Is it useful to have an ideal? Yes. Is it good to have an ideal that I can never match? Yes. And this is not just talking philosophically—i.e. that since I am imperfect and cannot be my own ideal, my ideal ought to be someone other than myself in order to be an ideal. It does not suffice to make my ideal the inherently unattainable personhood of another person. In other words, it is not enough for my ideal to be merely a human person other than myself to satisfy the criteria of a true and wise ideal. If I choose someone I admire as my ideal—maybe it is my parent, or a friend—then that person cannot guide me except in part, because each one of us has our own destiny and has to find our own way through life, weighing decisions wisely against each other.
Eventually God will not let me hide behind either obedience or blind trust to avoid the interaction with Him, which I can only attain by rolling up my sleeves and living. With my admiration affixed to another imperfect human, it is not unlikely that I will end up in the conundrum of Sartre’s student. When he came to ask for Sartre’s advice of what to do Sartre gave him none, but said: “You are free, choose, that is invent”. And even if I made a better choice than admiring Sartre, still, since my ideal is forever different in essentials from me, that person is unable to decide for me—or in other words, live my life for me. The mystery of our absolute “un-translatable” life is unavoidable. If I hang on to my ideal, I run the risk at some point in my life of being betrayed by those I chose to trust, because they were only human after all… Even very loving persons cannot tell me what to do because they are banned from that inner center of me where decisions originate. My heart belongs to God, and He is a jealous lover. He will not suffer another love. He will make it evident that nothing and nobody other than He will satisfy me. If I stubbornly hang on to my admiration of others these ideals will paralyze me, making any decision impossible to make and carry out. Not even the dearest and most beloved can decide for me or take the initiative in which a decision must originate.
So, what am I to do? Is it possible to live without an ideal? If I would answer “yes” I would certainly not be alone. For one, I’d be in Sartre’s company, for what that is worth. To be honest, I would prefer another partner. I see nothing magnanimous or logical in the cold, merciless denial of the fact of a person’s admiration and wish to emulate. It is a very shortsighted mentality that refuses to accept that we are inherently moldable, dependent, and actually vulnerable. Such a view of human nature is false, and the person who holds such a view must necessarily give no advice or interact in any meaningful way with any other person. It is a mockery of human nature. In short, it is hell on earth.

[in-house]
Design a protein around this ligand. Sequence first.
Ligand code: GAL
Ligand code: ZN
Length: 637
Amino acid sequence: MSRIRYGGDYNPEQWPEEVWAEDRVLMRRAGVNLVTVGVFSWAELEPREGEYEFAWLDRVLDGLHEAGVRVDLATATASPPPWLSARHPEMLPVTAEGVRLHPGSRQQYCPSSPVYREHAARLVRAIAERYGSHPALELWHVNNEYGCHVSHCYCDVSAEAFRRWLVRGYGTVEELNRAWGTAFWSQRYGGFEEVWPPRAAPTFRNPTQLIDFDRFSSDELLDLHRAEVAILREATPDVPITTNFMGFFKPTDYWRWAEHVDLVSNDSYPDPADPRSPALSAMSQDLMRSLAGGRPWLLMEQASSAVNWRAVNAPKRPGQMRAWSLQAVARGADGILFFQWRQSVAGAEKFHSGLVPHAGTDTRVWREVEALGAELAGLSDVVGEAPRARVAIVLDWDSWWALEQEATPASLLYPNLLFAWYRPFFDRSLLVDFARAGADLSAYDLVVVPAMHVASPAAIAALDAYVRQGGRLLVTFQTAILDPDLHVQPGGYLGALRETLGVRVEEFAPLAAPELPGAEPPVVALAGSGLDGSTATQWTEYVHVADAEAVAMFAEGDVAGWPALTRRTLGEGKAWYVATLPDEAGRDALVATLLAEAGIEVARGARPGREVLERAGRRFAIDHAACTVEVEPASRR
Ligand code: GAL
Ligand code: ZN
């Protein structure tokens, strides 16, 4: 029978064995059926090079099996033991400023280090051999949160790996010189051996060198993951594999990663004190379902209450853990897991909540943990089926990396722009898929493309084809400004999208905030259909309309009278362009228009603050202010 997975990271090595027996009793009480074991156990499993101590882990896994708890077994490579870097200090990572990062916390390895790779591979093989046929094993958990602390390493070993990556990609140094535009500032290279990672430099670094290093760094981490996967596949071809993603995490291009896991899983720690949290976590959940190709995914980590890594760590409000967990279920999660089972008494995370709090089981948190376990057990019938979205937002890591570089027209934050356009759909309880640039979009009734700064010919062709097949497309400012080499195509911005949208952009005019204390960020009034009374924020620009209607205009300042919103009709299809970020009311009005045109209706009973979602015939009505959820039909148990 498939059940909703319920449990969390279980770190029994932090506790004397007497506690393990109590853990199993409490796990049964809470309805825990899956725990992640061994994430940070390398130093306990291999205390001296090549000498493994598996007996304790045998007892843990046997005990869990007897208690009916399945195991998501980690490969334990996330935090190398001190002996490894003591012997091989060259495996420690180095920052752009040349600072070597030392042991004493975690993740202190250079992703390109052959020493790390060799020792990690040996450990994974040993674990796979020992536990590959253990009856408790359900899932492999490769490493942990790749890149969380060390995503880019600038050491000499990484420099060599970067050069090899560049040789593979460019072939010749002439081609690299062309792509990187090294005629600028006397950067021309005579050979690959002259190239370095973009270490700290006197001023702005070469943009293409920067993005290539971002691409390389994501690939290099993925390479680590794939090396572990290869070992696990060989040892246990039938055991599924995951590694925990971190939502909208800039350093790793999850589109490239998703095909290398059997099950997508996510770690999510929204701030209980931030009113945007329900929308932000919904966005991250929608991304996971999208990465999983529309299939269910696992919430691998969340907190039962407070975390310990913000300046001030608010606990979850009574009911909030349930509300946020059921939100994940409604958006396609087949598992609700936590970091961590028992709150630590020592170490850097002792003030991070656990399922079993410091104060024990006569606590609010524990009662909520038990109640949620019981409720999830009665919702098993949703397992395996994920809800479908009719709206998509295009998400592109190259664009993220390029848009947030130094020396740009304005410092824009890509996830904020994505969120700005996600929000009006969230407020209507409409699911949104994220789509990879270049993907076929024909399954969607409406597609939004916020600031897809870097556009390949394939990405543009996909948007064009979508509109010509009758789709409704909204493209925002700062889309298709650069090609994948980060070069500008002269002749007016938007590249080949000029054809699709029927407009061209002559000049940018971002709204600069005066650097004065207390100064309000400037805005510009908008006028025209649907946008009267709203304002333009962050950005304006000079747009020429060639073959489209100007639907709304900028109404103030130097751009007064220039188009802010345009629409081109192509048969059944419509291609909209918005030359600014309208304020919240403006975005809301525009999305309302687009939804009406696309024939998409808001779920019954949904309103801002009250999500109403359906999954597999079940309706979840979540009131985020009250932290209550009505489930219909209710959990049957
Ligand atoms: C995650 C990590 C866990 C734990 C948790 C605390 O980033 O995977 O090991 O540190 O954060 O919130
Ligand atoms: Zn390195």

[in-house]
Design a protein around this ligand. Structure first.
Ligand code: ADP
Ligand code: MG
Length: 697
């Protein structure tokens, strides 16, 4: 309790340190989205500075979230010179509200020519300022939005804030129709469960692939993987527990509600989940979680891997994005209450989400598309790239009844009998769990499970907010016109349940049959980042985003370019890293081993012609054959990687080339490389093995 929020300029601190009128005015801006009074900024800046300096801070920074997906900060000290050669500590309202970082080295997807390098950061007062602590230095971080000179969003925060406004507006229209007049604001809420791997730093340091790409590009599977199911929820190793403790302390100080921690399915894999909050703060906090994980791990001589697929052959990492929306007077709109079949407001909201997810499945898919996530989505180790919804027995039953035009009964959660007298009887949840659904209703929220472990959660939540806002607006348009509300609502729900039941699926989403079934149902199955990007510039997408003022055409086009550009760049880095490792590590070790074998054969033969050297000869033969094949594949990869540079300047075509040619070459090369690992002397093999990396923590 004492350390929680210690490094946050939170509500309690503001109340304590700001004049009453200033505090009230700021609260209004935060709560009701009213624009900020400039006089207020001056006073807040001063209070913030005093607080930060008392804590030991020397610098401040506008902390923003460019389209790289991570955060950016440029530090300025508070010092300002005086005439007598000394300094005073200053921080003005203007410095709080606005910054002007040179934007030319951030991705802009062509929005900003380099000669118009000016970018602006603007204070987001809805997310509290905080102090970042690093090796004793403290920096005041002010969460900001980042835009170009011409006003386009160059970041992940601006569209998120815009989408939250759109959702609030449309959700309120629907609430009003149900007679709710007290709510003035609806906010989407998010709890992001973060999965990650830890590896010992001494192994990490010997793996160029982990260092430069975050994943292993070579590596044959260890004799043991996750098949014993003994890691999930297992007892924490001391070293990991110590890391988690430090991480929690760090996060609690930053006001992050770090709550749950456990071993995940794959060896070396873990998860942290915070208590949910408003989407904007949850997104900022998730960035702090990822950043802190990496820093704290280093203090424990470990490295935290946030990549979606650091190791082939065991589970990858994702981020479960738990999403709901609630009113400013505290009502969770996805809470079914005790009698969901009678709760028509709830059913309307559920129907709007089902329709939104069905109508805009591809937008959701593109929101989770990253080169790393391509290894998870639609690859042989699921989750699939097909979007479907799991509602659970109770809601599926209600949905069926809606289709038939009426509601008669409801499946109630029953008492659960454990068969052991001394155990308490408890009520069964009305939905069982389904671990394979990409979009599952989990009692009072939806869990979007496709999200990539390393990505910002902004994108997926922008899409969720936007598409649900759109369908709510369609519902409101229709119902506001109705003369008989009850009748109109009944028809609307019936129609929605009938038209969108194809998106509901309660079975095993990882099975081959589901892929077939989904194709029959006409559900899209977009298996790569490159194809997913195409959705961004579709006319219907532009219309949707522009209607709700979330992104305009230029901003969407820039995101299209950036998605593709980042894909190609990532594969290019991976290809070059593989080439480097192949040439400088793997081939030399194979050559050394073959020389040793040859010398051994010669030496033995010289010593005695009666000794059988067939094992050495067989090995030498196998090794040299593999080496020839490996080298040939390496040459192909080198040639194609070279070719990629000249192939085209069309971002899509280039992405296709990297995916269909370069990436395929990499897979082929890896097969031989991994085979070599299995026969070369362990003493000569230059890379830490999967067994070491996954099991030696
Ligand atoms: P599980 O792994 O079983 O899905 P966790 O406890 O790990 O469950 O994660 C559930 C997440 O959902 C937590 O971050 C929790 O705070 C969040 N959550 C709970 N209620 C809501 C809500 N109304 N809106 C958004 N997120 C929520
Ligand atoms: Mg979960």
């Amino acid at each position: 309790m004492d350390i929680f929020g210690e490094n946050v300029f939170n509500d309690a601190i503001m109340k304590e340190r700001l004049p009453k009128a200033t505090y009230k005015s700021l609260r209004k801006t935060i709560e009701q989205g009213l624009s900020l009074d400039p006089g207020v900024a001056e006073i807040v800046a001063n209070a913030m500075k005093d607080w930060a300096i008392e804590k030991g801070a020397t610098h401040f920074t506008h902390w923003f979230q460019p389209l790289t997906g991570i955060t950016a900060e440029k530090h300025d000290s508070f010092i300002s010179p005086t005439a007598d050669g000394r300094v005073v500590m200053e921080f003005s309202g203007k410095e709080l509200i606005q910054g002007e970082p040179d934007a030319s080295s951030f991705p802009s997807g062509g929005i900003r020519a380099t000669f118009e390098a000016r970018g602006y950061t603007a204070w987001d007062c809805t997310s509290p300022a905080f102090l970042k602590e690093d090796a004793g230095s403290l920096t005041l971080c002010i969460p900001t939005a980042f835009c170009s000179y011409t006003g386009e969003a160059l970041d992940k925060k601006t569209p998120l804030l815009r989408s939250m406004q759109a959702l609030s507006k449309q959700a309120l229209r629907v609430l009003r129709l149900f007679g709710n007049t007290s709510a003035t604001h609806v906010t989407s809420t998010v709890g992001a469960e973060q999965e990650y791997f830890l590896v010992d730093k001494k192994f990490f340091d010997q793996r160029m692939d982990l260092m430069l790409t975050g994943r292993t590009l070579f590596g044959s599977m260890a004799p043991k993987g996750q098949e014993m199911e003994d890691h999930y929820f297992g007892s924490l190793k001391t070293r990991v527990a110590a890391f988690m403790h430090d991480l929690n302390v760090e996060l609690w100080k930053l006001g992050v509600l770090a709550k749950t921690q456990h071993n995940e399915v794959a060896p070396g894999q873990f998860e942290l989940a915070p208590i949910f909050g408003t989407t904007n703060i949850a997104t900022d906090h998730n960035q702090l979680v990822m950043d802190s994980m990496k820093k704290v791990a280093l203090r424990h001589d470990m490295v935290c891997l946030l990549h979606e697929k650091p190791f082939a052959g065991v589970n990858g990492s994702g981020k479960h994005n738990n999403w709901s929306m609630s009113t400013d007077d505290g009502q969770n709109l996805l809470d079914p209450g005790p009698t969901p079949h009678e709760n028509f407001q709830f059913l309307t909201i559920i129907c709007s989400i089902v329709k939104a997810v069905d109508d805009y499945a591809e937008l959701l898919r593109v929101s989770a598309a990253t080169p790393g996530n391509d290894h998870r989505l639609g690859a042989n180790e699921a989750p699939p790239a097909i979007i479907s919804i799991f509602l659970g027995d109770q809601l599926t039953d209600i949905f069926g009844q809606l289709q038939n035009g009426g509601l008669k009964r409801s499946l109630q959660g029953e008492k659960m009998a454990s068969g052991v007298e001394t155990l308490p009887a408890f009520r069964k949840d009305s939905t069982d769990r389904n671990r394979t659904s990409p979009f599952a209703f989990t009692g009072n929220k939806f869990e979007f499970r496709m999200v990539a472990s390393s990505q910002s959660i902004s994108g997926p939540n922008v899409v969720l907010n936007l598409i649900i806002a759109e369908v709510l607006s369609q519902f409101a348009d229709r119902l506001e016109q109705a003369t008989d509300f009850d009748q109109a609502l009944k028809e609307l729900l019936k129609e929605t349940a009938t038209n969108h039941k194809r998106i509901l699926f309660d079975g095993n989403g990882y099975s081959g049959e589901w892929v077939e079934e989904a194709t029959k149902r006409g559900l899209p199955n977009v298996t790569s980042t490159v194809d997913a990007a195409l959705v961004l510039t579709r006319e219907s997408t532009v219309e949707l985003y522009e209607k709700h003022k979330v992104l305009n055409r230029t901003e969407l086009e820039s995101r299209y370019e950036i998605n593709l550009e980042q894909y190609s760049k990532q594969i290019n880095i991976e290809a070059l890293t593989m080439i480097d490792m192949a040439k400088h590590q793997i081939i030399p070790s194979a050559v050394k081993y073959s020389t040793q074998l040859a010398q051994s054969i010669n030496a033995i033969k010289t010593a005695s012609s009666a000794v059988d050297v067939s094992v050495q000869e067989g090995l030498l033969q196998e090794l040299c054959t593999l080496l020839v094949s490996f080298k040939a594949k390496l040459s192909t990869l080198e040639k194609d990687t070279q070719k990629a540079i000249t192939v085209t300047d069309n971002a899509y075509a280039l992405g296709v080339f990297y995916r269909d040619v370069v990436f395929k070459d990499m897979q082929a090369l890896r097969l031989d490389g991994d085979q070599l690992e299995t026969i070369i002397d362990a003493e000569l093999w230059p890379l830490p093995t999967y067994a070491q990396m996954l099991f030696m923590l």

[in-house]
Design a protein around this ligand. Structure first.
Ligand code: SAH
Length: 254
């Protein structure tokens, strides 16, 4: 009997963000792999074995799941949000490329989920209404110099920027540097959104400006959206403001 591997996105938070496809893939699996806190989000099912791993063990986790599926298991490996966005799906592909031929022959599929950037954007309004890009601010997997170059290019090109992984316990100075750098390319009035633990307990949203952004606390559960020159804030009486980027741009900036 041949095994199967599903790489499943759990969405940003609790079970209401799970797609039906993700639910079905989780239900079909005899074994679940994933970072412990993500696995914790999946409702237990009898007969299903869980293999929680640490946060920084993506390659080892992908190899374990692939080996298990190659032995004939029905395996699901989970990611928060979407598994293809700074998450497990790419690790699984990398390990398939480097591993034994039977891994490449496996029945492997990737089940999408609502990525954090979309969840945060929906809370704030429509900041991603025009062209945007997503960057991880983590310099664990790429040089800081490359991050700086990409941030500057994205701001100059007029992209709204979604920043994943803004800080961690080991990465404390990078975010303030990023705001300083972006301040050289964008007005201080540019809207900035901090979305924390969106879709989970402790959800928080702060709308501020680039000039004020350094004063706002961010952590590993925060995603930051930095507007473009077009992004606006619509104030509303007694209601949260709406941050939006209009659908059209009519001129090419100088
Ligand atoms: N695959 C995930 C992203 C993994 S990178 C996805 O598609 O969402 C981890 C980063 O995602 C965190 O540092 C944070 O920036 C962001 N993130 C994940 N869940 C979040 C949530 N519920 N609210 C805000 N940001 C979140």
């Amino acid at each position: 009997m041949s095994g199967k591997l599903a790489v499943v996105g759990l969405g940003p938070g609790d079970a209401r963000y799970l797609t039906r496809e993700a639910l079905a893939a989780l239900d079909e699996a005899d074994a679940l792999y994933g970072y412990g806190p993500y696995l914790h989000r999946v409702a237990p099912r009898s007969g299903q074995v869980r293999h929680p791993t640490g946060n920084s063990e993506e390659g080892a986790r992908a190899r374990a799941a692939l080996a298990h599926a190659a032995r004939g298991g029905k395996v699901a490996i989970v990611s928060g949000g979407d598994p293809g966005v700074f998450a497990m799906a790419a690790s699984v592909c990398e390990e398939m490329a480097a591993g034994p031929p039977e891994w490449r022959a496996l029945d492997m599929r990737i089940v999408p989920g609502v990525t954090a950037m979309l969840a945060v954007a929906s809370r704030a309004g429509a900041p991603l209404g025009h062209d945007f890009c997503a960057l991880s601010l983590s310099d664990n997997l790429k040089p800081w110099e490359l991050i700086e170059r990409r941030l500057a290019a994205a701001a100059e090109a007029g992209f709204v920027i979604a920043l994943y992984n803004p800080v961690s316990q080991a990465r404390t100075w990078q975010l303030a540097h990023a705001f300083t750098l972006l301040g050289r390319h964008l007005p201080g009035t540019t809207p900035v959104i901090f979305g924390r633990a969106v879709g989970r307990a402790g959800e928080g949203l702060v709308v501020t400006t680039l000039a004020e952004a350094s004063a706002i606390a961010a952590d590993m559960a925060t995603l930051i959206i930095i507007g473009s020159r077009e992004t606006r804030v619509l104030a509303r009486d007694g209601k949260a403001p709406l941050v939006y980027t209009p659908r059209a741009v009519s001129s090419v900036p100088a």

Instead, I like to think of what Jesus did. He set a child upon His knee. He pointed to the little one as the answer key when the crowd pressed around Him, hungering for His advice. He could have just let them stare at Him. After all, Jesus knew that He is the only proper ideal, the only one who can and will advise, guide, help; the only One worthy of admiration. But He didn’t do that. Instead He did more than that. He put a little one on His lap.
I like to think of His Mother standing near when He placed the little one on His knee. Maybe She smiled when the little one looked from Jesus’ lap on the crowd of people, gathered around with their eyes and ears peeled. I like to think of that little one staring back at them and their silent questions: What would the Master say? What would He tell them to do? It must have been an experience to remember for that little one: meeting the eyes of the crowd, probably with serious eyes, maybe with his small finger in his mouth… Jesus had been little like that. Did His Mother remember that, with another smile on Her calm face? She was not eager and worried like the crowd. She knew Her Son. She had held Him just like that so many times. That is my answer key. Jesus not only showed them a child, who cannot help his or her desire to imitate, who watches and admires, but He did something. His action spoke. By putting that little one on His lap He showed how He wants me to admire; to find the face in the crowd who recognizes me, who smiles back at me with full recognition, who will lead me. He looked at that face; He admired that face; He imitated Her. I want to share that Ideal with Jesus: Mary, His Mother.